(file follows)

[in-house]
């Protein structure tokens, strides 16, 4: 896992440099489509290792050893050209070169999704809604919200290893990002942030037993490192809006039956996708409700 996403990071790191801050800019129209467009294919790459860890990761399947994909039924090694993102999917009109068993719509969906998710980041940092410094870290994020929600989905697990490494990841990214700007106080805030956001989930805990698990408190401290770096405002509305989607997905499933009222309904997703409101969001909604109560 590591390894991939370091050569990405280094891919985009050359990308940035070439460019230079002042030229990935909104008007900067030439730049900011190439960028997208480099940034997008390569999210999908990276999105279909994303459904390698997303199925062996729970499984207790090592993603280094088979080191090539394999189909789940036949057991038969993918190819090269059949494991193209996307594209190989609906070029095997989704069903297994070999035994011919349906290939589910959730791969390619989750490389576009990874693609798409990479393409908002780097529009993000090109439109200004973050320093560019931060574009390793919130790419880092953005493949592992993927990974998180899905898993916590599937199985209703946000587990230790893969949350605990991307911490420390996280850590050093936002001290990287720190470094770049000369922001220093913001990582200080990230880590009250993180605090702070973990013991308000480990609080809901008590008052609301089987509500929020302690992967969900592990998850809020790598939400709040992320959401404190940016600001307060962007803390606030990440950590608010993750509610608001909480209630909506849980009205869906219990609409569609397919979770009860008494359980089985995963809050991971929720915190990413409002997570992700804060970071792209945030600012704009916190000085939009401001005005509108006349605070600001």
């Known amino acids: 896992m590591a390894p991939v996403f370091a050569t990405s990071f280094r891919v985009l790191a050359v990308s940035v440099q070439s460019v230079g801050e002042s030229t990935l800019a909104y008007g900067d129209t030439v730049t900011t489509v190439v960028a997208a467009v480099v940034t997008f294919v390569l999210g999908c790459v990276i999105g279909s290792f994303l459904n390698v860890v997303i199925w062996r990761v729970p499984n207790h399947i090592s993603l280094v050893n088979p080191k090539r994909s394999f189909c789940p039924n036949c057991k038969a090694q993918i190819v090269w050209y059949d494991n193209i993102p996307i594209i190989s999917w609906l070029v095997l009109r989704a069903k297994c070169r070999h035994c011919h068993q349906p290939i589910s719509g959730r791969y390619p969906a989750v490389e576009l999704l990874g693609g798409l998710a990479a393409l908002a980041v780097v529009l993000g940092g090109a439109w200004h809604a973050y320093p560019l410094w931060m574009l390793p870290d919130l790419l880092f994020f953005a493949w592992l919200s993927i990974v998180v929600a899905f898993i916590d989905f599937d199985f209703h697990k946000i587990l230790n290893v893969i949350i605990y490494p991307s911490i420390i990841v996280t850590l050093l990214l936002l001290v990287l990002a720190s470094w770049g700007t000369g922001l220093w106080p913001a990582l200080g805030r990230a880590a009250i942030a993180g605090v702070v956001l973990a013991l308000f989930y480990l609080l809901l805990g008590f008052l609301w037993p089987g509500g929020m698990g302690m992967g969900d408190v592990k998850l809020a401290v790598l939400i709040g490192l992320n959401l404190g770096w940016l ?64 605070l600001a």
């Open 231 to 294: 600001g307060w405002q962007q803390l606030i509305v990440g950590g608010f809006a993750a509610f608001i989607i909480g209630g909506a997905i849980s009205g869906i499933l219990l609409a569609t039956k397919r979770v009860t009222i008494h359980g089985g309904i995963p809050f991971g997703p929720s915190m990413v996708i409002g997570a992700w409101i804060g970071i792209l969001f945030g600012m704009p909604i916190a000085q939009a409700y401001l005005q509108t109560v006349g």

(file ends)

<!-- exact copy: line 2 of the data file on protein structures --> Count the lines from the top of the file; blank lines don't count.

């Protein structure tokens, strides 16, 4: 896992440099489509290792050893050209070169999704809604919200290893990002942030037993490192809006039956996708409700 996403990071790191801050800019129209467009294919790459860890990761399947994909039924090694993102999917009109068993719509969906998710980041940092410094870290994020929600989905697990490494990841990214700007106080805030956001989930805990698990408190401290770096405002509305989607997905499933009222309904997703409101969001909604109560 590591390894991939370091050569990405280094891919985009050359990308940035070439460019230079002042030229990935909104008007900067030439730049900011190439960028997208480099940034997008390569999210999908990276999105279909994303459904390698997303199925062996729970499984207790090592993603280094088979080191090539394999189909789940036949057991038969993918190819090269059949494991193209996307594209190989609906070029095997989704069903297994070999035994011919349906290939589910959730791969390619989750490389576009990874693609798409990479393409908002780097529009993000090109439109200004973050320093560019931060574009390793919130790419880092953005493949592992993927990974998180899905898993916590599937199985209703946000587990230790893969949350605990991307911490420390996280850590050093936002001290990287720190470094770049000369922001220093913001990582200080990230880590009250993180605090702070973990013991308000480990609080809901008590008052609301089987509500929020302690992967969900592990998850809020790598939400709040992320959401404190940016600001307060962007803390606030990440950590608010993750509610608001909480209630909506849980009205869906219990609409569609397919979770009860008494359980089985995963809050991971929720915190990413409002997570992700804060970071792209945030600012704009916190000085939009401001005005509108006349605070600001």